FAMILY HEALTH CARE +

Your complete online medical source

Navigate by theme:

Web familyhealthhandbook.com

Return to index

Sexual Health

Sexually Transmitted Diseases

Prevention - When to Call a Health Professional

Sexually transmitted diseases (STDs) or venereal diseases (VD) are infections passed from person to person through sexual intercourse, genital contact, or contact with fluids such as semen, vaginal fluids, and blood (including menstrual blood). Many of these diseases can also be spread by sharing needles and other items that may be contaminated with infected blood or body fluids. Chlamydia, trichomoniasis, genital herpes, genital warts, gonorrhea, hepatitis B, and syphilis are among the most common STDs. HIV infection, which causes AIDS (acquired immune deficiency syndrome), is discussed on See HIV Infection and AIDS.

Chlamydia, gonorrhea, hepatitis B, herpes simplex virus, HIV, and syphilis can be spread from an infected mother to her unborn baby or infant. At this time, the hepatitis B vaccine is the only immunization available to prevent the spread of disease from mother to child. If you are infected with any of these diseases, talk to your doctor about how you can protect your baby before and after it is born.

Chlamydia is a bacterial infection that affects millions of men and women. It may be difficult to detect chlamydia; about 75 percent of women and 20 percent of men with the disease have no symptoms, but they can still infect their sex partners. If symptoms do show up, they occur 1 to 3 weeks after exposure to the bacteria. In women, symptoms may include vaginal discharge or irregular menstrual bleeding, pain when urinating, or lower abdominal pain. In men, there may be a discharge from the penis and pain when urinating.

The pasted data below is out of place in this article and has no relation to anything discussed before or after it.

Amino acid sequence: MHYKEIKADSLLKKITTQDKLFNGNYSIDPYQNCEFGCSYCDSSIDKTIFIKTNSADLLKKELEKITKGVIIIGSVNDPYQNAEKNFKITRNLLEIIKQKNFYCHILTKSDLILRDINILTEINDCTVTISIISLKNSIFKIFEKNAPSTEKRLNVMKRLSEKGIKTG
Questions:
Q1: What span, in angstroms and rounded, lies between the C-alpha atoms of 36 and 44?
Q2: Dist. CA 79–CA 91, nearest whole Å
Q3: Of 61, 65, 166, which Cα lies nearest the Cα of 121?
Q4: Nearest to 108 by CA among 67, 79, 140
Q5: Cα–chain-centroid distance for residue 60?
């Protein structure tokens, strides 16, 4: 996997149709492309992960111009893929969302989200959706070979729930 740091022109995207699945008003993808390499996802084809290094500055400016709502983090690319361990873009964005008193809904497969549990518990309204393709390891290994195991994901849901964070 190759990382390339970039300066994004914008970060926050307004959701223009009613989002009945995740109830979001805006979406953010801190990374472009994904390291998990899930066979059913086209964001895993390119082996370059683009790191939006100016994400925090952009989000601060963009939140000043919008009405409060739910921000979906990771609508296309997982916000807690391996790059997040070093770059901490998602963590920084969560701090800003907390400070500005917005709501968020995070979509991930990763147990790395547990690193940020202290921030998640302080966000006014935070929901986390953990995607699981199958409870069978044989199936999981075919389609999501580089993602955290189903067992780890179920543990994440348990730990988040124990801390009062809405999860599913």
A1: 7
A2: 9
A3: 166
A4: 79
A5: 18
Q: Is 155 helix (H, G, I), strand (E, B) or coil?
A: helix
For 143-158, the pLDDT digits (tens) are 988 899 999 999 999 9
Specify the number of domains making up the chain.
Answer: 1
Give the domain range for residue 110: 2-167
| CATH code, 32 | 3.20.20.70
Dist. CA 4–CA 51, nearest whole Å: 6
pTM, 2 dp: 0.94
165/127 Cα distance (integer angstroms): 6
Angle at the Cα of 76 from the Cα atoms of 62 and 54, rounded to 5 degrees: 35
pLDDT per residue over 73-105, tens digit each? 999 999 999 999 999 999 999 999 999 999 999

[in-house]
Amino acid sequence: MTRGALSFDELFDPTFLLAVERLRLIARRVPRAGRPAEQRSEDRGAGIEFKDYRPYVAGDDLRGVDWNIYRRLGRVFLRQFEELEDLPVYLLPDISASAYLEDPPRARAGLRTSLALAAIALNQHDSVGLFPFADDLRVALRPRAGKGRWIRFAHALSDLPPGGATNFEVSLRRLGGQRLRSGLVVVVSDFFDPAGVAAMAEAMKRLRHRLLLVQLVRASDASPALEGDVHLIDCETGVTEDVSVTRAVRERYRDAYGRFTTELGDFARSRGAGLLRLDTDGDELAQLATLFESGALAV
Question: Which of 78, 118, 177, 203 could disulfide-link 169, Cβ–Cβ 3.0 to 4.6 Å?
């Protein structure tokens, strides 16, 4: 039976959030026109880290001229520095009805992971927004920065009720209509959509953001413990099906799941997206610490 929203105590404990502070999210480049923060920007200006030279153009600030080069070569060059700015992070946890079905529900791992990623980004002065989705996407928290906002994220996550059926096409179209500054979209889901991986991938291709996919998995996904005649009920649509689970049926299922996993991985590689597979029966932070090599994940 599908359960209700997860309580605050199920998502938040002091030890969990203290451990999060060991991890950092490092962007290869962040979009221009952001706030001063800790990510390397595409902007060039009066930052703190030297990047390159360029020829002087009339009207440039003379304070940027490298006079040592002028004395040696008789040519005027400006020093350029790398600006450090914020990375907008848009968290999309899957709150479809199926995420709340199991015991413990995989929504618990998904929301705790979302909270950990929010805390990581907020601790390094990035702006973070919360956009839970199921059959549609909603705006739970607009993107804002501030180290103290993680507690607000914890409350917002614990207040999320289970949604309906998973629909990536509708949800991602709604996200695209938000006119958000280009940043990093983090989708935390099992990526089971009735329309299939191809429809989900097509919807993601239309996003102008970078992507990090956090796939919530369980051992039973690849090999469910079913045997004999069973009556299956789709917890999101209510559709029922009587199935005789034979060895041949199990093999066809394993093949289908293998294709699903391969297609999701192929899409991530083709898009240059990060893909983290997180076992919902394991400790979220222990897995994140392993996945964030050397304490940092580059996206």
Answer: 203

Chlamydia is easily treated with antibiotics. If undetected and untreated, chlamydia can cause pelvic inflammatory disease (infection in the ovaries and fallopian tubes), which may lead to sterility (inability to conceive a child). Both sex partners need to be treated for chlamydia to keep from passing the infection back and forth.

Genital herpes is caused by the herpes simplex virus, which also causes cold sores (See Cold Sores). Genital herpes is easily spread through sexual contact and any other direct contact with genital herpes sores.

Symptoms of the first genital herpes outbreak occur 2 to 30 days after contact with an infected person. It is also possible to be infected with genital herpes and have no symptoms.

The first case of genital herpes may be quite severe, with many painful sores or blisters. Fever, swollen glands, and headache or muscle aches may also occur. If the sores develop inside the urethra (the tube that carries urine out of the body) or the vagina, there may be pain when urinating or vaginal discharge. The sores crust over and disappear in 2 to 3 weeks.

There is no known cure for genital herpes. Most people with genital herpes have recurrent outbreaks. Having 4 outbreaks per year is typical. Outbreaks tend to become less frequent and less severe over time. Itching, burning, or tingling may occur at the place where the sores will later appear. Medication may be helpful if you have very frequent and severe outbreaks.

Genital warts are caused by the human papillomavirus (HPV), which is spread through sexual contact. The warts generally look like small, fleshy bumps or flat, white patches on the lips around the vagina (labia), inside the vagina, on the penis or scrotum, or around the anus. A person infected with HPV may never develop genital warts, or the warts may be too small to be seen. Certain types of HPV seem to increase the risk of cervical cancer in women. A Pap smear can occasionally detect the virus.

If genital warts are bothersome or develop on the cervix, they can be removed by a health professional. However, wart removal does not cure HPV infection, and the warts may recur. There does not appear to be an effective cure for HPV infection at this time. However, in many people the infection goes away by itself and does not cause further problems.

Gonorrhea is a bacterial infection that is spread through sexual contact. Symptoms, which appear 2 days to 2 weeks after infection, may include painful or frequent urination, vaginal discharge, irregular menstrual bleeding, or a thick discharge from the penis. Many people who are infected have no symptoms.